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Name: Allison
NJ (Zone 6a)
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Onewish1
Sep 5, 2011 4:21 AM CST
same here.. leaves gone in fall.. flower heads in spring
Name: Chris
Ripon, Wisconsin
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goldfinch4
Sep 5, 2011 6:35 AM CST
Appreciate your comments! June, what a great idea to make bouquets of the seed heads and hang them on the fence for the birds. That's something I will definitely do this fall. Thanks! Thumbs up
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Name: Mary
The dry side of Oregon
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MaryE
Sep 5, 2011 7:17 AM CST
Nice article, thank you. I'm working on mine already.
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Name: Kay
Lincoln, Nebraska
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chickadee
Sep 5, 2011 7:15 PM CST
I am a "clean up in the fall" gardener too. With so many chores to do in the spring, I prefer my gardens are ready to get growing, rather than let all plant material stand during winter. Great article!
Name: Bob
Vernon N.J. (Zone 6a)
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NJBob
Sep 5, 2011 9:29 PM CST
I'm a fall clean-up. I have a lot of Echinacea and they would be everywhere if not cut back, Generally it is also easier to do the clean-up in fall.I don't cut back Ferns they overwinter better when not cut. Also don't cut down the large Ornamental Grasses, I like the way snow looks on them in winter.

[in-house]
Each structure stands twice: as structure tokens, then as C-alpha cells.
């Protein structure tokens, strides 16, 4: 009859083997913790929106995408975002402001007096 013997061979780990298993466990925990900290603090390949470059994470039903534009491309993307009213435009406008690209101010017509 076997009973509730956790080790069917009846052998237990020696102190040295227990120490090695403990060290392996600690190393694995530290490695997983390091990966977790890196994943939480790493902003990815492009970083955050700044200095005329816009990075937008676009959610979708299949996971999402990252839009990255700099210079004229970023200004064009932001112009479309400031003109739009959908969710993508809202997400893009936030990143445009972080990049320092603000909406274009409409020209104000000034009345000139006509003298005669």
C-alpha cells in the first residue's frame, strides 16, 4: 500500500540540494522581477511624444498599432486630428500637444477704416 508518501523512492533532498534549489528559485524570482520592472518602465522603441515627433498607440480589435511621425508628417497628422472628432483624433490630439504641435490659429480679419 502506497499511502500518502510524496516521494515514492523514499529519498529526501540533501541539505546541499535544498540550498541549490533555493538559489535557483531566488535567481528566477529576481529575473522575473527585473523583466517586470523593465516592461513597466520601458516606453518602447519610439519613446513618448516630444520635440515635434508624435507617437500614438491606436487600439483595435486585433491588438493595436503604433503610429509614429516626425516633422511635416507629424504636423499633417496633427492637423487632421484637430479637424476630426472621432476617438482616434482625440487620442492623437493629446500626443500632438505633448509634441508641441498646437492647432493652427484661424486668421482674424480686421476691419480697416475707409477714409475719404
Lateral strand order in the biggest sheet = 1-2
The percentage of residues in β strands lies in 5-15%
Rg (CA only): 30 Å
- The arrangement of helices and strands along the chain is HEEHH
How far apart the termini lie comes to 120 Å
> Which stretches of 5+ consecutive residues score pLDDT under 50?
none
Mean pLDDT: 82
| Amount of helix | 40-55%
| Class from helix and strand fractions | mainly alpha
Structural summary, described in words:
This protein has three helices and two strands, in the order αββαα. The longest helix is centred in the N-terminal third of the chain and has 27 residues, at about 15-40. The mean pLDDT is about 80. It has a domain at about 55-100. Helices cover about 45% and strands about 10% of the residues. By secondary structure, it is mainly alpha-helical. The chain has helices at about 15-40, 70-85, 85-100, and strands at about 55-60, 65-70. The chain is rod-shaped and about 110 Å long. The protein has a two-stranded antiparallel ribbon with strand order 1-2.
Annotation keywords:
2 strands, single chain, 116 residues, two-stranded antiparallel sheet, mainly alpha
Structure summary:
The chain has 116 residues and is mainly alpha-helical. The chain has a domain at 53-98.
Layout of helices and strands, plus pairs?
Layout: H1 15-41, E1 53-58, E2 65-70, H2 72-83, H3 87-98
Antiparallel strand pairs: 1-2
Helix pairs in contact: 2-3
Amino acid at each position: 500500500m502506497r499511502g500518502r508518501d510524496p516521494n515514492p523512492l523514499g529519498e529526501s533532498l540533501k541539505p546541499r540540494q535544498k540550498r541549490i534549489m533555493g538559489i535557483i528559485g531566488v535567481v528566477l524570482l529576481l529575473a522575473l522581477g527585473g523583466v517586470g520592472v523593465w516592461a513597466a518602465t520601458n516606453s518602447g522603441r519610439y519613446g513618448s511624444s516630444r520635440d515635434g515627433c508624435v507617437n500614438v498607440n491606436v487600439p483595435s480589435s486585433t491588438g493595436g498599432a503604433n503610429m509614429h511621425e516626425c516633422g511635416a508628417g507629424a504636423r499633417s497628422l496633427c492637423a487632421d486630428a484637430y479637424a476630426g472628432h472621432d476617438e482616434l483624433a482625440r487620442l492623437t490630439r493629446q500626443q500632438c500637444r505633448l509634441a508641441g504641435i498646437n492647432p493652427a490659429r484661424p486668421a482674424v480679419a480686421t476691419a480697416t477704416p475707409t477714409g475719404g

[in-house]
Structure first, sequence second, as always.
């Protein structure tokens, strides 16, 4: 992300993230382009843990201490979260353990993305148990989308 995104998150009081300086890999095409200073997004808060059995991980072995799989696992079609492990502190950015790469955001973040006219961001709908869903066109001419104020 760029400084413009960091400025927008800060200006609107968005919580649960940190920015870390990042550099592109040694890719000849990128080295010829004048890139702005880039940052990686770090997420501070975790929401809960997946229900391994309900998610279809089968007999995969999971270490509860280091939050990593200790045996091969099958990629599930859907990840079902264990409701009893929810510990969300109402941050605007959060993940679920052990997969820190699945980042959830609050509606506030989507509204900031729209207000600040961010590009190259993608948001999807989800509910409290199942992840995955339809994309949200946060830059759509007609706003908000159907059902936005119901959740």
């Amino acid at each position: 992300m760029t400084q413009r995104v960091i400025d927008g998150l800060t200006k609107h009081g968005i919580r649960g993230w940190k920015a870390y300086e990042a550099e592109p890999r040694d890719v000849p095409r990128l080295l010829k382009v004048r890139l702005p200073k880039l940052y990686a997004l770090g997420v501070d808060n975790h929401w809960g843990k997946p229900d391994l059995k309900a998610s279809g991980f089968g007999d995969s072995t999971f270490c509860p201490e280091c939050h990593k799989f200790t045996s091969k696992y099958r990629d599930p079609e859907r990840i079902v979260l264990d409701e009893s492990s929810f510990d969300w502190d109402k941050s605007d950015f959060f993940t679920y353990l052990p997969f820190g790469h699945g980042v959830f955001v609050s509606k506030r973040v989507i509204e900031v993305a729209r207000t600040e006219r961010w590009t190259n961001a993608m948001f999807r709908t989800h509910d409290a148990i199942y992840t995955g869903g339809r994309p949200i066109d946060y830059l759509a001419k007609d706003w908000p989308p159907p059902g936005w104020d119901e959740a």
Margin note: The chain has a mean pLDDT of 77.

Name: Chris
Ripon, Wisconsin
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goldfinch4
Sep 6, 2011 1:54 AM CST
I leave my ornamental grasses stand through the winter too for the same reason. Grasses and shrubs provide my winter interest in the gardens.
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Name: Kate
NEKingdom of Vermont (Zone 3a)
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LabourofLove
Sep 6, 2011 6:00 AM CST
With perennials, I cut everything to the ground (literally) and rake it off to a composting area. I don't leave a foot of stems, or an inch of stems - TO THE GROUND. I do this in my own gardens and those of my clients. This prevents insects, their eggs, and small critters from overwintering in the plants. Also removes any fungally-infected leaves that could become potential problems the following season. A clean garden at the beginning of the season is MUCH easier to weed before weeds really take hold.